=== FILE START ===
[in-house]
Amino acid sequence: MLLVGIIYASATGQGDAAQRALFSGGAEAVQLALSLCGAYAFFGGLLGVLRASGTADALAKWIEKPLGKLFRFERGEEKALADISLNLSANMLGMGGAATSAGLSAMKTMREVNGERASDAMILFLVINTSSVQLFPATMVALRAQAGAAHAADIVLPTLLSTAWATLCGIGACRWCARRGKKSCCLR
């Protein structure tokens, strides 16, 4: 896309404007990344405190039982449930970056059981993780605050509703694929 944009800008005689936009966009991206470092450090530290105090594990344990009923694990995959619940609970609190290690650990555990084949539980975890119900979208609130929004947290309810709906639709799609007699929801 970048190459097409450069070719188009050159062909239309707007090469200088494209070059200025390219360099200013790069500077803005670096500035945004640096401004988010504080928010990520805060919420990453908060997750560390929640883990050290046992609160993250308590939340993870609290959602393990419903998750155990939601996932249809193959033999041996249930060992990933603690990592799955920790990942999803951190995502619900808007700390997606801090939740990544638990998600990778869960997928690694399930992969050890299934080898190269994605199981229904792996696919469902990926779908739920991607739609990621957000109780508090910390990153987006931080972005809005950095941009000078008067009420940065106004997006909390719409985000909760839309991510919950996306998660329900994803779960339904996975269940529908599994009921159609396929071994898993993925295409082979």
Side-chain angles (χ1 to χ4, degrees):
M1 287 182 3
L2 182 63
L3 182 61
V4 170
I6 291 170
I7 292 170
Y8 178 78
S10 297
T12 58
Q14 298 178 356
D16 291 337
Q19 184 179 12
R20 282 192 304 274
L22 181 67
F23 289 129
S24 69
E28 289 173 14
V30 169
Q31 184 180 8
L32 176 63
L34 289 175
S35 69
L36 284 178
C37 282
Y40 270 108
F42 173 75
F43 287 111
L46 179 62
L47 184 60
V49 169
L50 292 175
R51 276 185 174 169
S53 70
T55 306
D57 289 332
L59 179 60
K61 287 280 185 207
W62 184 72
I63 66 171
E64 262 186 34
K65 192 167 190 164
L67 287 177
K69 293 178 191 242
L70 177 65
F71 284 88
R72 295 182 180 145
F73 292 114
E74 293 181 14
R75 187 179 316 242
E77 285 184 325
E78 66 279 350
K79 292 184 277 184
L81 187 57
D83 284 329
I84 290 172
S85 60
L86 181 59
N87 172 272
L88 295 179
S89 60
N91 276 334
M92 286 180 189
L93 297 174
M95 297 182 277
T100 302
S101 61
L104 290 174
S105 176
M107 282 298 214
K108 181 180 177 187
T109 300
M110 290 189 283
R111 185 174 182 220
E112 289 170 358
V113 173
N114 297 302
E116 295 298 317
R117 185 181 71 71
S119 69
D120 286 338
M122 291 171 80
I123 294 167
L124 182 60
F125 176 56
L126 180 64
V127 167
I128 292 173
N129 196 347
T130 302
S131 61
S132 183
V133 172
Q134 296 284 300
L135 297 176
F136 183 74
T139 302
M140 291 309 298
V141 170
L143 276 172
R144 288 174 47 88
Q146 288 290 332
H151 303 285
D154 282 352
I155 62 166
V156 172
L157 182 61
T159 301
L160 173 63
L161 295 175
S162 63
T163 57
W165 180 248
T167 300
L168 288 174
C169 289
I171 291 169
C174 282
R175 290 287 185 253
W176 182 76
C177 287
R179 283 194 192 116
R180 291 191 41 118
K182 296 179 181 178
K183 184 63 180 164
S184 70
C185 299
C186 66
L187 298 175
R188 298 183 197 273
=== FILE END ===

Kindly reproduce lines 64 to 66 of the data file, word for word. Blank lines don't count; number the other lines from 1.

S89 60
N91 276 334
M92 286 180 189